Advanced Search
MyIDEAS: Login

Escaping low pay: do male labour market entrants stand a chance?

Contents:

Author Info

  • Pavlopoulos, Dimitris

    (CEPS/INSTEAD and K.U. Leuven)

  • Fouarge, Didier

    (ROA, Maastricht University)

Abstract

Purpose { This paper investigates the extent and the human-capital de- terminants of low-wage mobility for labour market entrants, in the UK and Germany. Design/methodology/approach { Using panel data for the UK (BHPS) and Germany (GSOEP), we apply a competing-risks duration model that al- lows us to study transitions from low pay to competing destination states: higher pay, self-employment, unemployment and inactivity. Unobserved het- erogeneity is tackled by a non-parametric mass-point approach. Findings { We ¯nd that low pay is only a temporary state for most young job starters. However, there is a small group of job starters that is caught in a trap of low pay, unemployment or inactivity. In the UK, job starters escape from low pay mainly by developing ¯rm-speci¯c skills. In Germany, involvement in formal vocational training and the attainment of apprenticeship quali¯cations account for low pay exits. Originality/value { Over the past decades, unemployment and low-wage employment have emerged as major challenges facing young labour market entrants. While most empirical studies focus exclusively on the transition from low pay to high pay, we show that a signi¯cant percentage of young entrants are caught in a low-pay - non-employment trap. Moreover, we show that, depending on the institutional context, di®erent types of human capital investments can account for a successful low-pay exit.

Download Info

If you experience problems downloading a file, check if you have the proper application to view it first. In case of further problems read the IDEAS help page. Note that these files are not on the IDEAS site. Please be patient as the files may be large.
File URL: http://iriss.ceps.lu/documents/irisswp96.pdf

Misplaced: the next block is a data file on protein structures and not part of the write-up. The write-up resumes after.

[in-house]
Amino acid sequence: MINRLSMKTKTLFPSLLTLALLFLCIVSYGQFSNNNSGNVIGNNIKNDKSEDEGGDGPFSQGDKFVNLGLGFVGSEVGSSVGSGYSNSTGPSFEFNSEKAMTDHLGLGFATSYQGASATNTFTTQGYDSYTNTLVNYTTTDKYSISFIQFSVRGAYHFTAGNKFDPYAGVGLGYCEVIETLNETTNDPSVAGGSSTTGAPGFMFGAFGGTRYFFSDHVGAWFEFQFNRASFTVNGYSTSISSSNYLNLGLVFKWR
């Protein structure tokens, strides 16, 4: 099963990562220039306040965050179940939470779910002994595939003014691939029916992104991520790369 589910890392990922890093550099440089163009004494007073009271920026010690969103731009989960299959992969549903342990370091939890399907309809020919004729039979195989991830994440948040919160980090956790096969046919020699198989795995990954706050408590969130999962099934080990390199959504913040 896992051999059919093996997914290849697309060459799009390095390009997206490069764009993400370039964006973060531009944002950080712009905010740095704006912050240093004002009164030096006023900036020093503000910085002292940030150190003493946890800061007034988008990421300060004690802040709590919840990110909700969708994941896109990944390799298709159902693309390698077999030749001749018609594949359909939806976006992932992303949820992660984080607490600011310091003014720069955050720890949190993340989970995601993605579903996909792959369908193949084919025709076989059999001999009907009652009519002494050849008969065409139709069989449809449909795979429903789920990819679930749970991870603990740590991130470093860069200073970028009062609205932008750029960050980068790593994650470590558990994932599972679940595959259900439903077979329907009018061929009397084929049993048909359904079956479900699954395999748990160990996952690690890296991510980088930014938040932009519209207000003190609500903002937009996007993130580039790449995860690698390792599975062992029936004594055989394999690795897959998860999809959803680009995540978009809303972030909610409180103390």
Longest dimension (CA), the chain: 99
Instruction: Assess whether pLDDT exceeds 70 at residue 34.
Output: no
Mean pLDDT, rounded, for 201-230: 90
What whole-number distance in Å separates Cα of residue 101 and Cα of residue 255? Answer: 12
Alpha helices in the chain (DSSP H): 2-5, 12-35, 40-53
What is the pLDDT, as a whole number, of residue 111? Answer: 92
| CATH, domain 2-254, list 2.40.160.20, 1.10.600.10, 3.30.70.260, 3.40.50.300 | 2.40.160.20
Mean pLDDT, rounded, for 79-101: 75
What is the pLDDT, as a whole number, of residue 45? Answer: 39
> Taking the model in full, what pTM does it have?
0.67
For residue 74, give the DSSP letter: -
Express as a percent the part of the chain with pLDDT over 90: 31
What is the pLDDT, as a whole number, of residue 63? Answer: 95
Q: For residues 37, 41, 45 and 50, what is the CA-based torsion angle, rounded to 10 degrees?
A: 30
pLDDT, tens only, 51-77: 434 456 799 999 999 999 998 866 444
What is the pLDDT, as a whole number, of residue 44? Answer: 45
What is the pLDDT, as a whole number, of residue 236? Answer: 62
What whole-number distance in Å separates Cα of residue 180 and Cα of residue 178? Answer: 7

Our checks indicate that this address may not be valid because: 403 Forbidden. If this is indeed the case, please notify (Philippe Van Kerm)
Download Restriction: no

Bibliographic Info

Paper provided by IRISS at CEPS/INSTEAD in its series IRISS Working Paper Series with number 2008-12.

as in new window
Length:
Date of creation: Dec 2008
Date of revision:
Handle: RePEc:irs:iriswp:2008-12

Contact details of provider:
Postal: 3, avenue de la Fonte, L-4364 Esch-sur-Alzette, G.-D. Luxembourg
Phone: 00352 / 58 58 55 - 1
Fax: 00352 / 58 58 55 - 700
Web page: http://iriss.ceps.lu/
More information through EDIRC

Related research

Keywords: Low pay ; labour market entry ; duration model ; human capital;

Other versions of this item:

This paper has been announced in the following NEP Reports:

References

References listed on IDEAS
Please report citation or reference errors to , or , if you are the registered author of the cited work, log in to your RePEc Author Service profile, click on "citations" and make appropriate adjustments.:
as in new window
  1. repec:ese:iserwp:2002-08 is not listed on IDEAS
  2. Chevalier, Arnaud & Harmon, Colm & Walker, Ian & Zhu, Yu, 2003. "Does Education Raise Productivity or Just Reflect It?," CEPR Discussion Papers 3993, C.E.P.R. Discussion Papers.
  3. Rainer Winkelmann, 1996. "Employment prospects and skill acquisition of apprenticeship-trained workers in Germany," Industrial and Labor Relations Review, ILR Review, Cornell University, ILR School, vol. 49(4), pages 658-672, July.
  4. Thomas, Jonathan M, 1996. "An Empirical Model of Sectoral Movements by Unemployed Workers," Journal of Labor Economics, University of Chicago Press, vol. 14(1), pages 126-53, January.
  5. Gagliarducci, Stefano, 2005. "The dynamics of repeated temporary jobs," Labour Economics, Elsevier, vol. 12(4), pages 429-448, August.
  6. Brown, James N, 1989. "Why Do Wages Increase with Tenure? On-the-Job Training and Life-Cycle Wage Growth Observed within Firms," American Economic Review, American Economic Association, vol. 79(5), pages 971-91, December.
  7. Roy Thurik, 2003. "Entrepreneurship and Unemployment in the UK," Scottish Journal of Political Economy, Scottish Economic Society, vol. 50(3), pages 264-290, 08.
  8. Lorenzo Cappellari & Stephen P. Jenkins, 2004. "Modelling low income transitions," Journal of Applied Econometrics, John Wiley & Sons, Ltd., vol. 19(5), pages 593-610.